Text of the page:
Athanasius on “The Divine Songs”

tss-athanasius.jpgAmong all the books [of Scripture], the Psalter has certainly a very special grace, a choiceness of quality well worthy to be pondered; for, besides the characteristics which it shares with others, it has this peculiar marvel of its own, that within it are represented and portrayed in all their great variety the movements of the human soul.

It is like a picture, in which you see yourself portrayed, and seeing, may understand and consequently form yourself upon the pattern given.

Elsewhere in the Bible you read only that the Law commands this or that to be done, you listen to the Prophets to learn about the Saviour’s coming, or you turn to the historical books to learn the doings of the kings and holy men; but in the Psalter, besides all these things, you learn about yourself. You find depicted in it all the movements of your soul, all its changes, its ups and downs, its failures and recoveries. Moreover, whatever your particular need or trouble, from this same book you can select a form of words to fit it, so that you do not merely hear and then pass on, but learn the way to remedy your ill. Prohibitions of evil-doing are plentiful in Scripture, but only the Psalter tells you how to obey these orders and abstain from sin.

Repentance, for example, is enjoined repeatedly; but to repent means to leave off sinning, and it is the Psalms that show you how to set about repenting and with what words your penitence may be expressed.

Again, Saint Paul says, Tribulation worketh endurance, and endurance experience, and experience hope, and hope maketh not ashamed (Rom 5:3, 5); but it is in the Psalms that we find written and described how afflictions should be borne, and what the afflicted ought to say, both at the time and when his troubles cease: the whole process of his testing is set forth in them and we are shown exactly with what words to voice our hope in God.

Or take the commandment, In everything give thanks (1 Thess 5:18). The Psalms not only exhort us to be thankful, they also provide us with fitting words to say. We are told, too, by other writers that all who would live godly in Christ must suffer persecution (2 Tim 3:12) and here again the Psalms supply words with which both those who flee persecution and those who suffer under it may suitably address themselves to God, and it does the same for those who have been rescued from it.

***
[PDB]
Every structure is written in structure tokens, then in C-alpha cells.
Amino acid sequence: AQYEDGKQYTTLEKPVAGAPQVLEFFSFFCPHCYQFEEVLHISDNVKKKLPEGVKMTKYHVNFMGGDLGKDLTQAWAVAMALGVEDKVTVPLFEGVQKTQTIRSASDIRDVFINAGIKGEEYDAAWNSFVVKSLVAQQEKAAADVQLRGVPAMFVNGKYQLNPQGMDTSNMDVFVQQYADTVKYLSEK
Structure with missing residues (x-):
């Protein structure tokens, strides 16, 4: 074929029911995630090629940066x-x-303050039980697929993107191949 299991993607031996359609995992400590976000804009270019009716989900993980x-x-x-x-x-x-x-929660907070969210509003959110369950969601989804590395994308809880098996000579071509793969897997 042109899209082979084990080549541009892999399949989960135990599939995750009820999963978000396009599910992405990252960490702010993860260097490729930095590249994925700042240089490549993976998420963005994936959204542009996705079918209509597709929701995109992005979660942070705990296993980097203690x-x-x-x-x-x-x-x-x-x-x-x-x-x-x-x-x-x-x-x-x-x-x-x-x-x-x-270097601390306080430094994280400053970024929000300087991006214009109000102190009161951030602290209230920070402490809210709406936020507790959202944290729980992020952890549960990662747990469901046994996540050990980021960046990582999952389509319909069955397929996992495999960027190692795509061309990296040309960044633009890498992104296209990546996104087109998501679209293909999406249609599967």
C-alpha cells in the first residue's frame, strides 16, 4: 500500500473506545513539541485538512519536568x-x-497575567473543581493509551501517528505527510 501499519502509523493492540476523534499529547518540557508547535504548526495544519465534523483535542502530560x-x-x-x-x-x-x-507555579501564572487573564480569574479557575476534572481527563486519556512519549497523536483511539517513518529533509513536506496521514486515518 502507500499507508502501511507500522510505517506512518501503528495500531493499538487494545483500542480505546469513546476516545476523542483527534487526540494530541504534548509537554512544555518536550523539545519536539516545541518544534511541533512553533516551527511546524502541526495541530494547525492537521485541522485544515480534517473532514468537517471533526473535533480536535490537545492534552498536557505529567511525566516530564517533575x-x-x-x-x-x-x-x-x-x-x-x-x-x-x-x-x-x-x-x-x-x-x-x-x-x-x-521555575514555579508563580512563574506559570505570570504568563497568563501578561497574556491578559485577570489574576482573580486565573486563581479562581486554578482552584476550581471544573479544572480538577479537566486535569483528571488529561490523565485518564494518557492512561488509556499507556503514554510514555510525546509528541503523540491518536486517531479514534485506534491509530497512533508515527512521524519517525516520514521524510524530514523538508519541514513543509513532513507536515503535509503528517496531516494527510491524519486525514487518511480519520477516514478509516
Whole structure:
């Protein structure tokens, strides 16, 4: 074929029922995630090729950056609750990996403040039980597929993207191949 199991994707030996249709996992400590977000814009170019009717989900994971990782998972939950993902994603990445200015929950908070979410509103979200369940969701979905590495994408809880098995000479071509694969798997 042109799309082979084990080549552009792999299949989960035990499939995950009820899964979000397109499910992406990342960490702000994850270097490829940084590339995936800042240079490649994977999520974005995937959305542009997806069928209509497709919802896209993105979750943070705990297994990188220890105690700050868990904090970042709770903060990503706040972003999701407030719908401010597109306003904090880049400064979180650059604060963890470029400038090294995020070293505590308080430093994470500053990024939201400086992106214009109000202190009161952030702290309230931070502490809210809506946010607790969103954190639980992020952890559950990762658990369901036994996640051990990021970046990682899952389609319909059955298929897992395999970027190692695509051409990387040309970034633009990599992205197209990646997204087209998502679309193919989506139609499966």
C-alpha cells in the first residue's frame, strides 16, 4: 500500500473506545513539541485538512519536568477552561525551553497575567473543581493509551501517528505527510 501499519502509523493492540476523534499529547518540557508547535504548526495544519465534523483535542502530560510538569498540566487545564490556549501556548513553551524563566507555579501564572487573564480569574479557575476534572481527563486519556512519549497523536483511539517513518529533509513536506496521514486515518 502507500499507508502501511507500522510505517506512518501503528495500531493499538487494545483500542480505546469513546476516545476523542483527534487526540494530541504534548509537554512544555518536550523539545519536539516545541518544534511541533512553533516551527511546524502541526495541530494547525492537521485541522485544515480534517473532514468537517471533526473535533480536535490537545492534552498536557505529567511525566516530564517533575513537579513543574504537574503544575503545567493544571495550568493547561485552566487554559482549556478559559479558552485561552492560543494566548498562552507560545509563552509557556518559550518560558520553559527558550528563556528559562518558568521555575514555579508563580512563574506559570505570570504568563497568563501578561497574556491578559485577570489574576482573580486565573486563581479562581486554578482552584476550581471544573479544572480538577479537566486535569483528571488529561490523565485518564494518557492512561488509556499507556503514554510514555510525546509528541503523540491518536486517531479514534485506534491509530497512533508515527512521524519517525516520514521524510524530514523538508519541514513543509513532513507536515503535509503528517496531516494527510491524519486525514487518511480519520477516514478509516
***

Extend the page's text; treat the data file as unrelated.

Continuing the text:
We are bidden elsewhere in the Bible also to bless the Lord and to acknowledge Him: here in the Psalms we are shown the way to do it, and with what sort of words His majesty may meetly be confessed. In fact, under all the circumstances of life, we shall find that these divine songs suit ourselves and meet our own souls’ need at every turn.

– Athanasius (c. 293-373), Letter to Marcellinus

2 thoughts on “Athanasius on “The Divine Songs”

  1. Great stuff. For most of my Christian life I vastly underappreciated the Psalms, thinking of it as nothing more than a collection of poetry and archaic worship songs. What changed all that was when I finally sat down and began going through Psalm with Spurgeon’s Treasury of David. What a wonderful devotional commentary that is! I went through Spurgeon’s volumes and the book of Psalm over a year’s time and I don’t think I would be overstating its effects if I said it transformed my spiritual walk. Now it is undoubtedly my favorite book of Scripture.

  2. Ah, yes. Good ol’ Spurgeon on the Psalms. I remember my first experience with Spurgeon: I was preping three messages on Psalm 119 for a Fall retreat. In the mornings I would head out early to Panera and read The Golden Alphabet which is an independent book taken from ToD on Ps. 119. I will never forget having my heart opened to this chapter of Scripture like never before as the cold Fall air blew outside and I inside the dark restaurant near the fire. I think that was my introduction to Spurgeon and I will never forget it. Thanks for the reminder of these precious memories! Tony

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